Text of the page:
A Strong Safety Net Helps the Whole US Economy

The typical American is a lot richer now than they were just before the pandemic — and this improvement is at least partially due to government support for families and businesses in 2020 and 2021. There are other factors, of course, but it’s clear that a strong safety net plays an important role in supporting not only families but also the overall economy.

The Federal Reserve’s latest comprehensive survey of consumer finances lays out broad gains in family income and net worth from 2019 to 2022. While those with the most education and the highest net worth saw the biggest gains in median income, the increase in net worth was seen across all incomes. The gains in net worth affected families young and old, those with low incomes and high, homeowners and renters. In addition to government programs, a rising stock market and soaring housing prices played a role. All told, the average real value of families’ financial assets increased by nearly one-third in the three years covered by the report.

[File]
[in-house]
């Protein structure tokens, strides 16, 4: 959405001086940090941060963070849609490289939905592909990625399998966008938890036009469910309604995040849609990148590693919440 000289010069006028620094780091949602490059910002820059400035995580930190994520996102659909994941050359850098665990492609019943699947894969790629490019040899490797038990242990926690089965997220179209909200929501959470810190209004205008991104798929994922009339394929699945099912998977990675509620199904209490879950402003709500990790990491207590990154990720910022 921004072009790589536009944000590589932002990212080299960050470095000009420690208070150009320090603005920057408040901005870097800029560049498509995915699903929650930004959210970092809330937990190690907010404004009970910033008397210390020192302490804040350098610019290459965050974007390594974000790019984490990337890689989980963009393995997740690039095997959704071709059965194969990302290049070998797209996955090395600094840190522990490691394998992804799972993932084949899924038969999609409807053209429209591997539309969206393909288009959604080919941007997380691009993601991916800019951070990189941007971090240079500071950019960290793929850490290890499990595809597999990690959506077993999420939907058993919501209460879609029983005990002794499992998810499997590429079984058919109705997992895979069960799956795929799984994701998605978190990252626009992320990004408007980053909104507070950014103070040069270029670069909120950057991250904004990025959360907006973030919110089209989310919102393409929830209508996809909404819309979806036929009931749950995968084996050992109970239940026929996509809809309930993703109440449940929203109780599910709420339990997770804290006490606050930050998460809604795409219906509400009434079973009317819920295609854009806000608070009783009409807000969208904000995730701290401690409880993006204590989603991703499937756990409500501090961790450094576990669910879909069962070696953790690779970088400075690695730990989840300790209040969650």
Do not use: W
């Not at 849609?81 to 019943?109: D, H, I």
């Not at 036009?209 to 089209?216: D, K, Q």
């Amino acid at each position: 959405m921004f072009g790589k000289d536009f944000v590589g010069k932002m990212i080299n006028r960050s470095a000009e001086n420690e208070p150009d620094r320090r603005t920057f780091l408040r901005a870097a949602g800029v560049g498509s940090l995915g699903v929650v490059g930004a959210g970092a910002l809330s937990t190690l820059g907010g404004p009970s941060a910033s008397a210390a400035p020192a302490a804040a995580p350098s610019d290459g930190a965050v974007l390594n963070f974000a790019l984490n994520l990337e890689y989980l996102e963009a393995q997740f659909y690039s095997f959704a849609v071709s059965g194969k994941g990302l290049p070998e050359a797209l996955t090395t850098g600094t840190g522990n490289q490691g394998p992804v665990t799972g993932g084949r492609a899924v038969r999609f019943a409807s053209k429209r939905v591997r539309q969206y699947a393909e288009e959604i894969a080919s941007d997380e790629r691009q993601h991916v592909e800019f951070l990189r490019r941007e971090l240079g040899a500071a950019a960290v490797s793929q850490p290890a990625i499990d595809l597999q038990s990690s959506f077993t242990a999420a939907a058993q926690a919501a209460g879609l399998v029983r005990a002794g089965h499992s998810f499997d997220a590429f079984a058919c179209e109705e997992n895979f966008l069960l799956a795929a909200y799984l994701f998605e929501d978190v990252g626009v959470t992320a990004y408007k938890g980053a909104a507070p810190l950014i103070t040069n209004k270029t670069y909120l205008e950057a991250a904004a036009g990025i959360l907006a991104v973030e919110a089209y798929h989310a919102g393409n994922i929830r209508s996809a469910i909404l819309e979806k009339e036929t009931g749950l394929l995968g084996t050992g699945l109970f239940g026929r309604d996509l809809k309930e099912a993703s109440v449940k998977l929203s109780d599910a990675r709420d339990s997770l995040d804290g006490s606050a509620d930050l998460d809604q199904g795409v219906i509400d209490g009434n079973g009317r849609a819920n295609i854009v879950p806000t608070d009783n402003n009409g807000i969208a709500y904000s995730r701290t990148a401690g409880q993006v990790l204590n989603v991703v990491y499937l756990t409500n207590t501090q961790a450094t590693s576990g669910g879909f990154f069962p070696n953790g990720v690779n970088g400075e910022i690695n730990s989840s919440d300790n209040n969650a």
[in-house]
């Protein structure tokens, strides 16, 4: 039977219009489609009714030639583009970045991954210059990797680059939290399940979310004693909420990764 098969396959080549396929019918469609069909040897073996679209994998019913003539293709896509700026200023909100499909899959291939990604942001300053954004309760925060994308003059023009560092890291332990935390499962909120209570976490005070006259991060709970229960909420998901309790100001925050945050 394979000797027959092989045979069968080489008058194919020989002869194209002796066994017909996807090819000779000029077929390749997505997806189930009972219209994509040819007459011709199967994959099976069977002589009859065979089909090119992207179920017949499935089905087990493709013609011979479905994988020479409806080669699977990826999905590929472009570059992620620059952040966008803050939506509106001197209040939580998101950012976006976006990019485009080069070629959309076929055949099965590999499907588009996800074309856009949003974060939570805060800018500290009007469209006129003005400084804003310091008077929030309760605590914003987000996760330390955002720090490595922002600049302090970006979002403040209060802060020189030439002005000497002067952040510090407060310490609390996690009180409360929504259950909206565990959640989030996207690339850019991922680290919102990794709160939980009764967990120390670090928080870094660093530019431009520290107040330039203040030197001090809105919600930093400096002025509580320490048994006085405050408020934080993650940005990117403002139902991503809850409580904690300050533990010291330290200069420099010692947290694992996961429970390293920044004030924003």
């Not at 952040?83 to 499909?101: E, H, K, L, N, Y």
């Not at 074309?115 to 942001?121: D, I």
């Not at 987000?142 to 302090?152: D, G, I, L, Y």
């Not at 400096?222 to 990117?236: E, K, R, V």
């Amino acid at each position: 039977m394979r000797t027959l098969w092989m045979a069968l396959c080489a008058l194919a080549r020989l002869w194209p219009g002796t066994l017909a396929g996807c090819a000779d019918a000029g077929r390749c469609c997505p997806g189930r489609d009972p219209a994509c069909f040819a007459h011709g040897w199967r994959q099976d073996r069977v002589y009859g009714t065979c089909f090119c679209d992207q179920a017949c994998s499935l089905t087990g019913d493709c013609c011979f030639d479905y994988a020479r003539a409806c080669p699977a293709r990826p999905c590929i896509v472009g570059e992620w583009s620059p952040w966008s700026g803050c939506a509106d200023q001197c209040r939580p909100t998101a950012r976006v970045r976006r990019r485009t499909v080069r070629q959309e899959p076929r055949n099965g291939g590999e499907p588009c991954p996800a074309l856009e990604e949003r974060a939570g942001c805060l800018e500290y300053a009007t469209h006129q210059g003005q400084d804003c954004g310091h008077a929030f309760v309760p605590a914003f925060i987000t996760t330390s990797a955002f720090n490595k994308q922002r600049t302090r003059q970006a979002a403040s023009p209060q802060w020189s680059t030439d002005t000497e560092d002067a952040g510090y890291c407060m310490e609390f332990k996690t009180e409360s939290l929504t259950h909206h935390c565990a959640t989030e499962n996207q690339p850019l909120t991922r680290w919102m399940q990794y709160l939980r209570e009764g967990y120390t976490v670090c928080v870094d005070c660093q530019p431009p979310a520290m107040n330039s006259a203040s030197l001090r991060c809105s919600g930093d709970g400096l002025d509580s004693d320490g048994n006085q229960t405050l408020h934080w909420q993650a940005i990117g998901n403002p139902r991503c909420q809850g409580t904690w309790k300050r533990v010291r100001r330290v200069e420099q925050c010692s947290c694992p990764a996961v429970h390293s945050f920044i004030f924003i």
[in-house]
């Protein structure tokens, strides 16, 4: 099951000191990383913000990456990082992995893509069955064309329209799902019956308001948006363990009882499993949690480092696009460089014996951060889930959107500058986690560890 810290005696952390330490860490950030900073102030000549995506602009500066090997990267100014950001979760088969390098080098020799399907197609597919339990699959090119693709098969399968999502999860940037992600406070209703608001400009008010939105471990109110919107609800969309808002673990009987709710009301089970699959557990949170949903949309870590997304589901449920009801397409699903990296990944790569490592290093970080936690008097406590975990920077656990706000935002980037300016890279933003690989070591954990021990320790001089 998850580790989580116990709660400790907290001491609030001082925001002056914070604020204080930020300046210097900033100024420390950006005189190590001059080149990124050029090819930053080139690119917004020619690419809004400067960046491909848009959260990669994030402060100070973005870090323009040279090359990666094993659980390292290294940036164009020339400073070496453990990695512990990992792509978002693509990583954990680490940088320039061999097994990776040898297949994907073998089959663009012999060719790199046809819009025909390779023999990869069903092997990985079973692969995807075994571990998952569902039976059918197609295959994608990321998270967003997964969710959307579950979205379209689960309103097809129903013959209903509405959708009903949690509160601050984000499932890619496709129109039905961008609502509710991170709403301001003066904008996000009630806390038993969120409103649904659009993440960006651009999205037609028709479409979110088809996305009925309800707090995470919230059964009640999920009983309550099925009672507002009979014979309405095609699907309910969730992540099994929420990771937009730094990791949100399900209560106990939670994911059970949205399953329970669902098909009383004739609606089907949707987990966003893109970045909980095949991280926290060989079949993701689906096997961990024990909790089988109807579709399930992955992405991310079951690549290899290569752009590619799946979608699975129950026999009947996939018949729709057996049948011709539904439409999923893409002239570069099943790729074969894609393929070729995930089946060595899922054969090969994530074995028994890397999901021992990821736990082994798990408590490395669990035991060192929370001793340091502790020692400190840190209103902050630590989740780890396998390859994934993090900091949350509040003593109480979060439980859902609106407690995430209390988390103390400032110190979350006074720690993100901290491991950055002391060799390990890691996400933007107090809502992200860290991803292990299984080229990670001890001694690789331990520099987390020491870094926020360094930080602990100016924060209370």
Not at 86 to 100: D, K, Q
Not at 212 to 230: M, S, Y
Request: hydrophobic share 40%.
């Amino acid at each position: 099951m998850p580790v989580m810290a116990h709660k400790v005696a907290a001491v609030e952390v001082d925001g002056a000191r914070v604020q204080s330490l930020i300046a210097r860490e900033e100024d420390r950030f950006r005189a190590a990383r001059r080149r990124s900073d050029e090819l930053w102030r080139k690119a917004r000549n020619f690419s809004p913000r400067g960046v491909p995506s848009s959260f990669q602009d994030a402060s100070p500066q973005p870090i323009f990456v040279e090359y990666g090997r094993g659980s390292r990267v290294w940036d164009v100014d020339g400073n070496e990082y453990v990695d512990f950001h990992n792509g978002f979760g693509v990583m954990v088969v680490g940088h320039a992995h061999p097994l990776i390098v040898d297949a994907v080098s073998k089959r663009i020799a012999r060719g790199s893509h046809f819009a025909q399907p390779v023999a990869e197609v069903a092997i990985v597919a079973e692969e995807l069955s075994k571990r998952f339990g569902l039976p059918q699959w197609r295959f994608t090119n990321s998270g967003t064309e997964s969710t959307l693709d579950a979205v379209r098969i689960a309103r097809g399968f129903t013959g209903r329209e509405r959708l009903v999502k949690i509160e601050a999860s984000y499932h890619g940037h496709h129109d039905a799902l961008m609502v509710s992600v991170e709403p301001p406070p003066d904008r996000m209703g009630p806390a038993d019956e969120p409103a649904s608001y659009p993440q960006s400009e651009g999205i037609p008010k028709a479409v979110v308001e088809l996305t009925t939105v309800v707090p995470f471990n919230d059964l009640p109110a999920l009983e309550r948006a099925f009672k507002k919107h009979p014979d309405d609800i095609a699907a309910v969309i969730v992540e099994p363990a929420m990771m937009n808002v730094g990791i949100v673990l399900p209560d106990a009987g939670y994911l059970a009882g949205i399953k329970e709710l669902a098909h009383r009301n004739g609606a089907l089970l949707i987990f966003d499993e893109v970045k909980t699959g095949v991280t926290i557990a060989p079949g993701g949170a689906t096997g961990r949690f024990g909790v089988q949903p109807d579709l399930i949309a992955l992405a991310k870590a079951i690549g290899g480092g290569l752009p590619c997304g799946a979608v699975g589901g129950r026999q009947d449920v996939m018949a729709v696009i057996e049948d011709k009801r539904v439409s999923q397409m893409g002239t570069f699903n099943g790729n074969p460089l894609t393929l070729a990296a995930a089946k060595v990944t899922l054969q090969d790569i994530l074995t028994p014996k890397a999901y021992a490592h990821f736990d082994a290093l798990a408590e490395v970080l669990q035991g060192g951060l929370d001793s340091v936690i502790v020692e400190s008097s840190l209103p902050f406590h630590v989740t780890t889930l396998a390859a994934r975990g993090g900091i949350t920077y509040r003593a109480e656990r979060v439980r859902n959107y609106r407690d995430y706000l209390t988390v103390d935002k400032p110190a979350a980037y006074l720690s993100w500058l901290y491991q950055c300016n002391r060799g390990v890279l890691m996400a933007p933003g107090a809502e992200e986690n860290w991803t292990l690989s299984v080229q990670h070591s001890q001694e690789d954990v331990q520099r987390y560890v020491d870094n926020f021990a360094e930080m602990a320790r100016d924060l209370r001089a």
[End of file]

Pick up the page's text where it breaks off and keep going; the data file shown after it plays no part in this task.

What does it all mean? One lesson is the importance of smart, well-timed public policy. Amid the peak of uncertainty and income loss during the pandemic, the government stepped in to support households and businesses Then, as the economy reopened, households were ready to spend again.

Government support did more than help boost demand. It may have also helped create a positive supply shock — an expansion in the economy’s overall capacity.

Initially, government support was blamed for creating so much demand that it sparked inflation. But this demand-led recovery has proved to be more resilient than past recoveries. And inflation has come down even amid fast economic growth and unemployment rates near 50-year lows.

This strong economy is not a mystery. Only one thing can allow inflation to come down in the face of strong economic growth and low unemployment: expanding supply. To be sure, some of this expansion occurred because bottlenecks in supply chains were cleared. That’s not the full story, however. High demand created a wealth of opportunities, and Americans have been chasing them.